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Primary orthostatic tremor: is deep brain stimulation better than spinal cord stimulation?
  1. Han-Lin Chiang1,2,
  2. Yi-Cheng Tai1,3,
  3. Jacqueline McMaster4,
  4. Victor SC Fung1,
  5. Neil Mahant1
  1. 1Movement Disorders Unit, Department of Neurology, Westmead Hospital, Sydney Medical School, University of Sydney, Sydney, Australia
  2. 2Department of Neurology, Taipei Tzu Chi Hospital Buddhist Tzu Chi Medical Foundation, New Taipei City, Taiwan
  3. 3Department of Neurology, E-Da Hospital/I-Shou University, Kaohsiung, Taiwan
  4. 4Department of Neurosurgery, Westmead Hospital, Sydney, Australia
  1. Correspondence to Dr Neil Mahant, Movement Disorders Unit, Department of Neurology, Westmead Hospital, Cnr. Darcy Rd & Hawkesbury Rd, Westmead NSW 2145, Australia; nmahant{at}

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Primary orthostatic tremor (POT) is a rare movement disorder characterised by a tremor of 13–18 Hz in the legs with female preponderance. POT typically causes severe unsteadiness on standing which, when severe, may persist during walking. This can greatly impact day-to-day functions, including activities that require prolonged standing, such as showering. The response to medications is often limited. There are few data on medications for POT. Clonazepam and gabapentin are probably the two most efficacious medications to treat POT, whereas other medications such as levodopa may also have a role.1 On the other hand, case studies have shown favourable outcomes in patients treated with ventralis intermedius medialis (VIM) thalamic nucleus deep brain stimulation (DBS). Blahak et al also reported that four patients responded well to chronic spinal cord stimulation (SCS), at the cost of stimulation-induced paraesthesias.2 Here, we report the surgical treatment response and electrophysiology findings of two additional patients with severe POT.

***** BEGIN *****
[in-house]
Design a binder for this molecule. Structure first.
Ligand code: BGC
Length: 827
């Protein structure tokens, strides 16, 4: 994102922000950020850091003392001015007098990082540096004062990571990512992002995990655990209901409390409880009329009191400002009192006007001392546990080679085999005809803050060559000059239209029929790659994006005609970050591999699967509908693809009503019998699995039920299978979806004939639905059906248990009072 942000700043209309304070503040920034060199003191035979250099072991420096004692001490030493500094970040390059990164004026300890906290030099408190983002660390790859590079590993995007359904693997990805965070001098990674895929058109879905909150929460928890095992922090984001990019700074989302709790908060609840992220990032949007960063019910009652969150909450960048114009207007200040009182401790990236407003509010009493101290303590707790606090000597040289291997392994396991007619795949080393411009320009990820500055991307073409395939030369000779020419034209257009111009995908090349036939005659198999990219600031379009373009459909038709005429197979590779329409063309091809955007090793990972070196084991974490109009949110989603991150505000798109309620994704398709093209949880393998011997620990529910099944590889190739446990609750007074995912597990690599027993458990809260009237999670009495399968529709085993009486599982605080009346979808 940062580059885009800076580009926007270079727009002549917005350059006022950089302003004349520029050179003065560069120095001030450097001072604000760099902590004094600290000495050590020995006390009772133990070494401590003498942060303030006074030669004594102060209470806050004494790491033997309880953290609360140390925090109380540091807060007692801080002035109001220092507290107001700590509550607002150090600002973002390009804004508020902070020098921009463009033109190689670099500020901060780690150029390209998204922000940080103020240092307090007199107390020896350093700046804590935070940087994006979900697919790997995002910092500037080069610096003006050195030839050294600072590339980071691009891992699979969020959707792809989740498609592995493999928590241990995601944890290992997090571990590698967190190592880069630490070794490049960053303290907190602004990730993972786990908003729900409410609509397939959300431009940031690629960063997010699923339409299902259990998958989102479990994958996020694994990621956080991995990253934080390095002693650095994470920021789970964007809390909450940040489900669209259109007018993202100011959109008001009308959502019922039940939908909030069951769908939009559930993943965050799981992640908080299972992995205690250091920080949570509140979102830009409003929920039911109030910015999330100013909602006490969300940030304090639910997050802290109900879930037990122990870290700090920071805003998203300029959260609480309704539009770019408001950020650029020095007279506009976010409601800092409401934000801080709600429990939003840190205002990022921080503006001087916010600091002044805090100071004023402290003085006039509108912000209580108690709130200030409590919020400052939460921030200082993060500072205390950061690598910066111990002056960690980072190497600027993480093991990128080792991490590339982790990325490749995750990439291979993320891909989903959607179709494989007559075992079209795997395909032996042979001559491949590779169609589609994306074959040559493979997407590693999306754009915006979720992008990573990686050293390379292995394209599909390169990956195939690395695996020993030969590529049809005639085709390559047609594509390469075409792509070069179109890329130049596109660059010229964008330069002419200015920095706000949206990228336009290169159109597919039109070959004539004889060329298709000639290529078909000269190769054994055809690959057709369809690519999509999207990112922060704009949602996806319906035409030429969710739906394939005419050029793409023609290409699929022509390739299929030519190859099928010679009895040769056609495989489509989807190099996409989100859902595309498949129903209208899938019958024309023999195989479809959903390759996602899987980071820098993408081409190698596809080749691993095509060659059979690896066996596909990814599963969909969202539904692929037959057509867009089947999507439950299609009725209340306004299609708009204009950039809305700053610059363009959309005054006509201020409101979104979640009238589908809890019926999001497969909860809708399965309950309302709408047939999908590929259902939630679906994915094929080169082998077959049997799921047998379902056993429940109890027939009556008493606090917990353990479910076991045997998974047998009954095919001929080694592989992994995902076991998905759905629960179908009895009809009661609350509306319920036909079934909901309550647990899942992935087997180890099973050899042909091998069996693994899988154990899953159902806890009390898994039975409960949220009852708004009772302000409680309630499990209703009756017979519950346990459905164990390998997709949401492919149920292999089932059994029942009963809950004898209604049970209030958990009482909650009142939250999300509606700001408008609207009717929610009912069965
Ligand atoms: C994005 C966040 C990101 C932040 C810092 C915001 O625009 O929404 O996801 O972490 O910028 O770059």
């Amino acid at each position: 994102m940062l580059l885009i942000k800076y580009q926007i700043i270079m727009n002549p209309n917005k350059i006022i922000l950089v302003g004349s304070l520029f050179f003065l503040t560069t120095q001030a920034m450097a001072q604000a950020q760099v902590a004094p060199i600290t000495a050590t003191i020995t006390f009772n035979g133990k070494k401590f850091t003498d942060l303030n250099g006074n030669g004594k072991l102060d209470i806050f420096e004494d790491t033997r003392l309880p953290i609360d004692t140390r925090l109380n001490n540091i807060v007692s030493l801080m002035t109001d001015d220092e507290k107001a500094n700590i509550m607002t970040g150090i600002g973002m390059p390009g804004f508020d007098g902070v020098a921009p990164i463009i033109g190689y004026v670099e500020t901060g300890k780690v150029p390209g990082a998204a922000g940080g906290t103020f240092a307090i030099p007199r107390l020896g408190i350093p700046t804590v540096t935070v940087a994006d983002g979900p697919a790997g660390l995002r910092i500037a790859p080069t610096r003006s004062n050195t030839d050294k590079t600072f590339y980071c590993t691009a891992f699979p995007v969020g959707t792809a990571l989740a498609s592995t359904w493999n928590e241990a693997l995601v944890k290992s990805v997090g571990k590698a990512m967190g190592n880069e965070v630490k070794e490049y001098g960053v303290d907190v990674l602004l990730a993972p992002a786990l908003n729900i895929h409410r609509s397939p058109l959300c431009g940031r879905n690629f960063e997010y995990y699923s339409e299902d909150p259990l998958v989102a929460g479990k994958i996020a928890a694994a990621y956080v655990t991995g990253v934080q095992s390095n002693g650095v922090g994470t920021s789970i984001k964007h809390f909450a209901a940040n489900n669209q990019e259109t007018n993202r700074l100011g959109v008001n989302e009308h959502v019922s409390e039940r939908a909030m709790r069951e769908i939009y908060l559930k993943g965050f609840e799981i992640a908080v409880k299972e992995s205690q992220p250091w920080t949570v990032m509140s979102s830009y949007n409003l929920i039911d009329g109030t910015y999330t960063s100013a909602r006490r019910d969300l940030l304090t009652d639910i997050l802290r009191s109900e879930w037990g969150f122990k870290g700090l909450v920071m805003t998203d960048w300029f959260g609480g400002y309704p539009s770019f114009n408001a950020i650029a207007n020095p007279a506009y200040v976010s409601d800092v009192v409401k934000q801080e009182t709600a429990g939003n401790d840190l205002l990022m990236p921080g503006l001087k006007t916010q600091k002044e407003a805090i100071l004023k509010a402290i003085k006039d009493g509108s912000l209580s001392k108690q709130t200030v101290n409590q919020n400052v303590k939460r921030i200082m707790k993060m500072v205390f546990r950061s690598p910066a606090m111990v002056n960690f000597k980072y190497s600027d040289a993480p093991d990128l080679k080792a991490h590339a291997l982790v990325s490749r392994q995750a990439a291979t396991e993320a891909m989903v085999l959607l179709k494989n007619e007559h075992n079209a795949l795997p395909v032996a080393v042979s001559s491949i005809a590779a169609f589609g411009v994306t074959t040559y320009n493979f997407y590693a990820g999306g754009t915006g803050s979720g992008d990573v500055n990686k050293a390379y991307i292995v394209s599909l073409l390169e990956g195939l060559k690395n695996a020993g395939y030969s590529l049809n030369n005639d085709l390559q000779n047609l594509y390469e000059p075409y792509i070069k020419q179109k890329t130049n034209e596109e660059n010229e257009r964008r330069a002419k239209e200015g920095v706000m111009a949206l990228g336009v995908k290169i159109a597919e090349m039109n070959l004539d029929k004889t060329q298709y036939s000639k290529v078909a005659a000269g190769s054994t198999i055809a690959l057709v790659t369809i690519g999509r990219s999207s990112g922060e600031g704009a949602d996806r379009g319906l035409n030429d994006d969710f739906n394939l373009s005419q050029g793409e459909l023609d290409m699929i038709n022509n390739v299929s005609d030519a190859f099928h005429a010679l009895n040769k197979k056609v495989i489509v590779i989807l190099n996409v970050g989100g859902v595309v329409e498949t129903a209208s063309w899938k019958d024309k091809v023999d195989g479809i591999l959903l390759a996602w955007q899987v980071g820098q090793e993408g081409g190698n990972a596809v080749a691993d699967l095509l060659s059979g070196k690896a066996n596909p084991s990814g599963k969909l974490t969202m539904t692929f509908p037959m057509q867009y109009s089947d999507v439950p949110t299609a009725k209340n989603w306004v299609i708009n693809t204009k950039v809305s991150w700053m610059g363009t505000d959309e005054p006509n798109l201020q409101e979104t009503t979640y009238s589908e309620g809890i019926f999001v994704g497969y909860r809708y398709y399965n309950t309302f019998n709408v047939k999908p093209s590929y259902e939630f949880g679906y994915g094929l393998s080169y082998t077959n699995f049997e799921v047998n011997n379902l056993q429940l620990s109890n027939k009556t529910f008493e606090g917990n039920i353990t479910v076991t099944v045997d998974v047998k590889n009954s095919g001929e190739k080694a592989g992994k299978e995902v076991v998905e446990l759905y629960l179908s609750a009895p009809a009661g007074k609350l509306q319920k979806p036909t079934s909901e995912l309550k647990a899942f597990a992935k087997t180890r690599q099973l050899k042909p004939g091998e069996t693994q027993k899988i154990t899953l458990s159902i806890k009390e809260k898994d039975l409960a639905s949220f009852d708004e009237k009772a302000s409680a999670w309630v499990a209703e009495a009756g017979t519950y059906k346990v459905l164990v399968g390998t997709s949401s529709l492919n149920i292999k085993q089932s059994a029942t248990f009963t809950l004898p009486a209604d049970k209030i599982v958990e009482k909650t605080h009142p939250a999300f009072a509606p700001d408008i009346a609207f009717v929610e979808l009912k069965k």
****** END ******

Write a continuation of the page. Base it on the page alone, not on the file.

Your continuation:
Case report

Case 1

The patient is a 74-year-old woman who developed progressive unsteadiness and tremor in the legs when standing at age 50. The symptoms improved when she leant on something to support and disappeared when she walked. There was also low-amplitude, high-frequency tremor of the outstretched hands. Surface electromyography (sEMG) showed a short duration (<50 ms), ~16 Hz sEMG bursting in all the …

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